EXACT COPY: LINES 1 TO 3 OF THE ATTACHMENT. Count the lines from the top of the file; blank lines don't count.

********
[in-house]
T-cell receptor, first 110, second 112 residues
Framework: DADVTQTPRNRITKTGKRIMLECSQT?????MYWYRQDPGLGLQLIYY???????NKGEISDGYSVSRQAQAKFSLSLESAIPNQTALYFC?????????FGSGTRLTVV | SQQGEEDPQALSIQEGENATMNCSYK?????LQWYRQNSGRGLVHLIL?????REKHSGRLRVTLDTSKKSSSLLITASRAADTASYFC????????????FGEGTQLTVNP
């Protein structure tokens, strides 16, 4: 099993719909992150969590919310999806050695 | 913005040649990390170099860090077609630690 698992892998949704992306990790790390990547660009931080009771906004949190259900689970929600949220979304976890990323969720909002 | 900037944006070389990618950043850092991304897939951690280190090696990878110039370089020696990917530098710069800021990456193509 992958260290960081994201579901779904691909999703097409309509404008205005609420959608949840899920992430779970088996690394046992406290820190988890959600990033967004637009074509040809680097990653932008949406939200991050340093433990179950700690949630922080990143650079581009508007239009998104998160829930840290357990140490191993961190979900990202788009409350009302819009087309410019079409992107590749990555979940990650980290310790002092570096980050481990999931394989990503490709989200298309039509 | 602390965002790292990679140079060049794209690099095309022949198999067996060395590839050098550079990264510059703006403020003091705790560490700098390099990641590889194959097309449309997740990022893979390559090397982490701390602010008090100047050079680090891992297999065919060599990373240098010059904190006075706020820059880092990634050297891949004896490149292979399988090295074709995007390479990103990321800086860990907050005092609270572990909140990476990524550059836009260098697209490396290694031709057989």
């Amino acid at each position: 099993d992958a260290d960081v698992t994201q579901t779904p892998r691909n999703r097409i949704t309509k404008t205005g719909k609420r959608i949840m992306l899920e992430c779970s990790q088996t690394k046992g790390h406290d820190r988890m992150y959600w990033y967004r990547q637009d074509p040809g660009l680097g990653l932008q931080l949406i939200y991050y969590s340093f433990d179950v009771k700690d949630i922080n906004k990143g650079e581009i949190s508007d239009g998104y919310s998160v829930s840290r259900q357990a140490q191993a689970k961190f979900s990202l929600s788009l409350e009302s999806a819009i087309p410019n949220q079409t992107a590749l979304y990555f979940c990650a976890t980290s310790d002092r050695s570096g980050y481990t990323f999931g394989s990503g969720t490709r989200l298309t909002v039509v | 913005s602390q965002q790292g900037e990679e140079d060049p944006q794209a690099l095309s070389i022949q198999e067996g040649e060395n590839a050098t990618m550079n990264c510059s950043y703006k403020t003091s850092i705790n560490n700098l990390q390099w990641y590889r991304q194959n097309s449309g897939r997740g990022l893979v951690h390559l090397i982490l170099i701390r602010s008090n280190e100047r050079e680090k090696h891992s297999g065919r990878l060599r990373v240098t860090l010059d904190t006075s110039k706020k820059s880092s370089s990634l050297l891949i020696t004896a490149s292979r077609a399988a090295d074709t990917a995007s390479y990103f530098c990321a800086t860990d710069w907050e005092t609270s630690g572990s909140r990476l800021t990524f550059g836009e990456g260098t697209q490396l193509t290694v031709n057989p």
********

[in-house]
T-cell receptor, first 110, second 112 residues
Framework: DADVTQTPRNRITKTGKRIMLECSQT?????MYWYRQDPGLGLQLIYY???????NKGEISDGYSVSRQAQAKFSLSLESAIPNQTALYFC?????????FGSGTRLTVV | SQQGEEDPQALSIQEGENATMNCSYK?????LQWYRQNSGRGLVHLIL?????REKHSGRLRVTLDTSKKSSSLLITASRAADTASYFC????????????FGEGTQLTVNP